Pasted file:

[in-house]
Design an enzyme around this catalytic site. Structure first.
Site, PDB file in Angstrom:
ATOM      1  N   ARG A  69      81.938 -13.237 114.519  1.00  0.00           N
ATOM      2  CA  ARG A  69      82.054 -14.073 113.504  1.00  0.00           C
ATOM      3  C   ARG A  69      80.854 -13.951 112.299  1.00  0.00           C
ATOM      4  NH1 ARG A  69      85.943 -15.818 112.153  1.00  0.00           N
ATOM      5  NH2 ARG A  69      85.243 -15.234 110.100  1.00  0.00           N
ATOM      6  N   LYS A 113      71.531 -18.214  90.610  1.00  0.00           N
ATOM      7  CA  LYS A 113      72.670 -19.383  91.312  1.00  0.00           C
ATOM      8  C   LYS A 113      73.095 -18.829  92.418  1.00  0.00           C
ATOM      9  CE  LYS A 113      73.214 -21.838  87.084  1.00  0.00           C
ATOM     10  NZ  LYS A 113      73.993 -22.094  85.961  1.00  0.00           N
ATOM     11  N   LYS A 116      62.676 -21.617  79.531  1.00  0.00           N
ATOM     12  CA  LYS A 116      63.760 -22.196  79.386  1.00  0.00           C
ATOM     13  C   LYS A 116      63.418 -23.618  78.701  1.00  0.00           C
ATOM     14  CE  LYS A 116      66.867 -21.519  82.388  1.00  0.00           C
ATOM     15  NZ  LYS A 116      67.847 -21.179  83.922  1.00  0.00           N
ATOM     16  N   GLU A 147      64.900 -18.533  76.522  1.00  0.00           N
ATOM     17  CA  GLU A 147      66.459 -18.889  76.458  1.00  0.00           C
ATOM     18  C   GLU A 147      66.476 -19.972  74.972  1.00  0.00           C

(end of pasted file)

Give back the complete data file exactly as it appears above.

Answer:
[in-house]
Design an enzyme around this catalytic site. Structure first.
Site, PDB file in Angstrom:
ATOM      1  N   ARG A  69      81.938 -13.237 114.519  1.00  0.00           N
ATOM      2  CA  ARG A  69      82.054 -14.073 113.504  1.00  0.00           C
ATOM      3  C   ARG A  69      80.854 -13.951 112.299  1.00  0.00           C
ATOM      4  NH1 ARG A  69      85.943 -15.818 112.153  1.00  0.00           N
ATOM      5  NH2 ARG A  69      85.243 -15.234 110.100  1.00  0.00           N
ATOM      6  N   LYS A 113      71.531 -18.214  90.610  1.00  0.00           N
ATOM      7  CA  LYS A 113      72.670 -19.383  91.312  1.00  0.00           C
ATOM      8  C   LYS A 113      73.095 -18.829  92.418  1.00  0.00           C
ATOM      9  CE  LYS A 113      73.214 -21.838  87.084  1.00  0.00           C
ATOM     10  NZ  LYS A 113      73.993 -22.094  85.961  1.00  0.00           N
ATOM     11  N   LYS A 116      62.676 -21.617  79.531  1.00  0.00           N
ATOM     12  CA  LYS A 116      63.760 -22.196  79.386  1.00  0.00           C
ATOM     13  C   LYS A 116      63.418 -23.618  78.701  1.00  0.00           C
ATOM     14  CE  LYS A 116      66.867 -21.519  82.388  1.00  0.00           C
ATOM     15  NZ  LYS A 116      67.847 -21.179  83.922  1.00  0.00           N
ATOM     16  N   GLU A 147      64.900 -18.533  76.522  1.00  0.00           N
ATOM     17  CA  GLU A 147      66.459 -18.889  76.458  1.00  0.00           C
ATOM     18  C   GLU A 147      66.476 -19.972  74.972  1.00  0.00           C